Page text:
• Offer your student choices to support their learning and decision making.
    • “When you were at ______what made you feel happy/sad/frustrated?”
    • “Was it easy or hard for you to say hello to (name a friend) today?
  • Use pictures to support your conversation and explain ideas that might be new. Create charts using words or symbols to help reinforce ideas. Visuals might include:
    • Feeling words or pictures 
    • Coping ideas (i.e., music, taking a quiet break, asking for help, etc.) 
    • Family and school routines or schedules
    • Use pictures of family members and friends when talking about relationships.

Use examples from real life experiences, books, and movies to explain new ideas.

Full Text: Conversation Starters and Skill Building Strategies -- Introduction

Here are some conversation starters and strategies to support the growth of your student's SEL skills. This information is organized by SEL Screener domains and topics.  You may find that you will move naturally between topics as you talk, or that you cover more than one topic at a time.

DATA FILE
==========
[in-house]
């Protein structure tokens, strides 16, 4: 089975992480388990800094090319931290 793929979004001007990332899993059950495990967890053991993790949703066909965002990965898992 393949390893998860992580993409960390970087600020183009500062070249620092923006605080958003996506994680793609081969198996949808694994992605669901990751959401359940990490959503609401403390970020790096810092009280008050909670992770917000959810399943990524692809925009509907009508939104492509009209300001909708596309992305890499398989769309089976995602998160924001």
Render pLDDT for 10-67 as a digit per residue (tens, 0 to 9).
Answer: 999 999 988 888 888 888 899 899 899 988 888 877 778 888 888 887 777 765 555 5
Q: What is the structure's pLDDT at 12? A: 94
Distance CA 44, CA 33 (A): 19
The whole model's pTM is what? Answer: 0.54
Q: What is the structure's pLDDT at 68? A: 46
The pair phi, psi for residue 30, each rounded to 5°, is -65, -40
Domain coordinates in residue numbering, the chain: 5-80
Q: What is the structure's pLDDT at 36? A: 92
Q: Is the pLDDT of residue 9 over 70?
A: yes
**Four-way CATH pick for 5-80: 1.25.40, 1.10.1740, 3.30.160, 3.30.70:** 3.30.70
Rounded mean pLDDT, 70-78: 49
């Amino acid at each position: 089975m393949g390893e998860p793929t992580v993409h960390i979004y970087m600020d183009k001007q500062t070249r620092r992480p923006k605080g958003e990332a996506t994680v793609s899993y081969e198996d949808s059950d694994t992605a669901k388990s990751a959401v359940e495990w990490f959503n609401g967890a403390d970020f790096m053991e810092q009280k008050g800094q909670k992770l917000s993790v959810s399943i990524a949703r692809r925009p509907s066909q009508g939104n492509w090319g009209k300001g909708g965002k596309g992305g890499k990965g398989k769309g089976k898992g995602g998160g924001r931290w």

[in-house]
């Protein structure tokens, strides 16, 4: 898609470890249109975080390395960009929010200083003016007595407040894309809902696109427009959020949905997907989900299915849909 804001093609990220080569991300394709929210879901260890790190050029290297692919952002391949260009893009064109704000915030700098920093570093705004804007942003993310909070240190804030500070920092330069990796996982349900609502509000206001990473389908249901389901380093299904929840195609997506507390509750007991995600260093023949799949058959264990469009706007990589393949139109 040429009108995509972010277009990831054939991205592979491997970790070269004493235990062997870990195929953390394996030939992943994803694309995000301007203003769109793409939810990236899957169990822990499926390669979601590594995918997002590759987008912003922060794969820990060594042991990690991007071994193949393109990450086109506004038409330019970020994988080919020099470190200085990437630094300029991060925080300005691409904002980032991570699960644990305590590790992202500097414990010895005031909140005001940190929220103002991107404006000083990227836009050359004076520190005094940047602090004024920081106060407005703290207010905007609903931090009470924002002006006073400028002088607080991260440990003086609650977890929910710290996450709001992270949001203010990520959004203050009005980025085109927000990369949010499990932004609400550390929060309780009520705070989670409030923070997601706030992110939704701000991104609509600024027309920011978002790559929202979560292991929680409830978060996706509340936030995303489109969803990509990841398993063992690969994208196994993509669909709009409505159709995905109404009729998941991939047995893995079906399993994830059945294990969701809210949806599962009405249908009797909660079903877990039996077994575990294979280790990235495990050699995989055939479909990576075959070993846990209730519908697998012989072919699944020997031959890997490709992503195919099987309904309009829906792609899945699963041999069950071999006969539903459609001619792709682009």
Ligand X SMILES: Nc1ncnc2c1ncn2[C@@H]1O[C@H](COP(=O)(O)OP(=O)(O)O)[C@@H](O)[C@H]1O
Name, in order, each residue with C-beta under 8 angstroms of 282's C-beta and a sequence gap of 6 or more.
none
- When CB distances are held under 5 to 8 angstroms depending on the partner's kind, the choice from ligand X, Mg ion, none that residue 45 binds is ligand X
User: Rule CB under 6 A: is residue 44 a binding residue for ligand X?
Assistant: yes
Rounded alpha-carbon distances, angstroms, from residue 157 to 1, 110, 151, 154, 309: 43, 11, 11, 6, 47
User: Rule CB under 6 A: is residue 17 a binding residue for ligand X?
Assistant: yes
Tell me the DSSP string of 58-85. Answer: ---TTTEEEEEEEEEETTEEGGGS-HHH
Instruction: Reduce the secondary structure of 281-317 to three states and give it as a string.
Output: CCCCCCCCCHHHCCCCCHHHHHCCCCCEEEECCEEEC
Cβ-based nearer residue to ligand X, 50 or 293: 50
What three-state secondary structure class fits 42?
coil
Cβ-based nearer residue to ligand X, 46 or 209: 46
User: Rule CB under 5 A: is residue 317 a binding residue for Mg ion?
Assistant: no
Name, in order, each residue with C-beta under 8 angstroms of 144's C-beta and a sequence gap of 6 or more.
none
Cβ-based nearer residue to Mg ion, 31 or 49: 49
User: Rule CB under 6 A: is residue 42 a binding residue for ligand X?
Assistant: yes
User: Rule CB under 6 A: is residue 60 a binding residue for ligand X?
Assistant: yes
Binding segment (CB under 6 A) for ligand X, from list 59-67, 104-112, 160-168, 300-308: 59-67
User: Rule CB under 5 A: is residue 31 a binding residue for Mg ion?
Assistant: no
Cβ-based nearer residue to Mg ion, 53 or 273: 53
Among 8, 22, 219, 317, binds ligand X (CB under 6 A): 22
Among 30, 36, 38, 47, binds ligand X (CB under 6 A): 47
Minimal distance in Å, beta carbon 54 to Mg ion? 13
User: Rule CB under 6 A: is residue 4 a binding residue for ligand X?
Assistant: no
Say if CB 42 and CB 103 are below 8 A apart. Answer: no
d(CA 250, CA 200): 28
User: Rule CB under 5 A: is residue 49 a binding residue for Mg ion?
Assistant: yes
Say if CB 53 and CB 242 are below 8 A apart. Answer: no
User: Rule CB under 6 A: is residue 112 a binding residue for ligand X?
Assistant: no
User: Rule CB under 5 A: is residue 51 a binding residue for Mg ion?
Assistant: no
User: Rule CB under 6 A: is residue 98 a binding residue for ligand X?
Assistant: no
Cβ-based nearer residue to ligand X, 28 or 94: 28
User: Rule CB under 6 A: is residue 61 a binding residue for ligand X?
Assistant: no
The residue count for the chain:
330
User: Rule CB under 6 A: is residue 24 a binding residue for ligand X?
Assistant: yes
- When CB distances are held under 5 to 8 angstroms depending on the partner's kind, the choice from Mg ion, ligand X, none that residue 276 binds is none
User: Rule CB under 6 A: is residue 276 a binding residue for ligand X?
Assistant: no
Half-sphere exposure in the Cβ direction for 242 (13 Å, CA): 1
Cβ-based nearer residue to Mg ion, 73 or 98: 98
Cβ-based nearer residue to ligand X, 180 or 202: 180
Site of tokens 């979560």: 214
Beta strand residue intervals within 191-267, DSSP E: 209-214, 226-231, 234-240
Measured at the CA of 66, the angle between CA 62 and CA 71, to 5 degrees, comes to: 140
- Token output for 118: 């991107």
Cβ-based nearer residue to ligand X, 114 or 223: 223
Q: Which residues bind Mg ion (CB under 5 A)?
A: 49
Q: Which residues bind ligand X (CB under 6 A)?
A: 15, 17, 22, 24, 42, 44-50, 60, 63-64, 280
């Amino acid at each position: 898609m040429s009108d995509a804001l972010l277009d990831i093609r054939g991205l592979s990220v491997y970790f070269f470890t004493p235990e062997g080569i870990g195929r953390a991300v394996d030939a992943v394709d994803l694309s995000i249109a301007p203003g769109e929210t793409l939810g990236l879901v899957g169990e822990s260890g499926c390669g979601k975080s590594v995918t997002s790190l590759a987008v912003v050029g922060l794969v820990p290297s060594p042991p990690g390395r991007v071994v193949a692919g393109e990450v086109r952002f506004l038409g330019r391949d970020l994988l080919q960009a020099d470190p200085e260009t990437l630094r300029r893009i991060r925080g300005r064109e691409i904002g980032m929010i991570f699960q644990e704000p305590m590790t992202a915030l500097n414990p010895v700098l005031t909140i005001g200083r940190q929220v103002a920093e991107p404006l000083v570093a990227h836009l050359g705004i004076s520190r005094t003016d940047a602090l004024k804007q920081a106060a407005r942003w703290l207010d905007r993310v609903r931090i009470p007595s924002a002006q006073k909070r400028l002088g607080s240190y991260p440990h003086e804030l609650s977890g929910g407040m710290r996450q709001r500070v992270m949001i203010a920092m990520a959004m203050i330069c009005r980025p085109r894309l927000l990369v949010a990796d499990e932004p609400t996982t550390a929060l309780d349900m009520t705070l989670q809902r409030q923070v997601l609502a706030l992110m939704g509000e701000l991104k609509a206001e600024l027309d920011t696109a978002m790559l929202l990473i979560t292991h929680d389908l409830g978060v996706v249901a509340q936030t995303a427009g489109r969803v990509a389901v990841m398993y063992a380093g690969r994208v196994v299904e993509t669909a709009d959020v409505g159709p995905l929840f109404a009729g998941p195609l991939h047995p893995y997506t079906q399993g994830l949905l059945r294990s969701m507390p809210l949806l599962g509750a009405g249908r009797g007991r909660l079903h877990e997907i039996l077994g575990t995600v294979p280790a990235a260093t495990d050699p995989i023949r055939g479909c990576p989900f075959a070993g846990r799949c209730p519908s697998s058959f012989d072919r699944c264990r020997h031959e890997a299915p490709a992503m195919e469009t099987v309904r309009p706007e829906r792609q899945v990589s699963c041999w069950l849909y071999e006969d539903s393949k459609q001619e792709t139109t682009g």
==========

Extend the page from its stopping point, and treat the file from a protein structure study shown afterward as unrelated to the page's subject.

Full Text: Conversation Starters and Skill Building Strategies -- DOMAIN: Supports and Environments

The environment in which students learn, which influences their academic success and social-emotional development.

Topic: Belonging

How much students feel that they are valued members of the school community.

For younger students:

  • Ask your student, “Who are your friends?” “Who did you play with today?” “Who makes you feel happy? loved? safe?”
  • Playing with others fosters a sense of belonging and connection.  Try these ideas to Play at Home from

For older students:

  • Ask your student about their connections with others at school and in the community.  What do they value in their connections with others?  
  • Spend time with your student enjoying preferred activities or learn something new together.  

Topic: Supportive Relationships

How supported students feel through their relationships with friends, family and adults at school.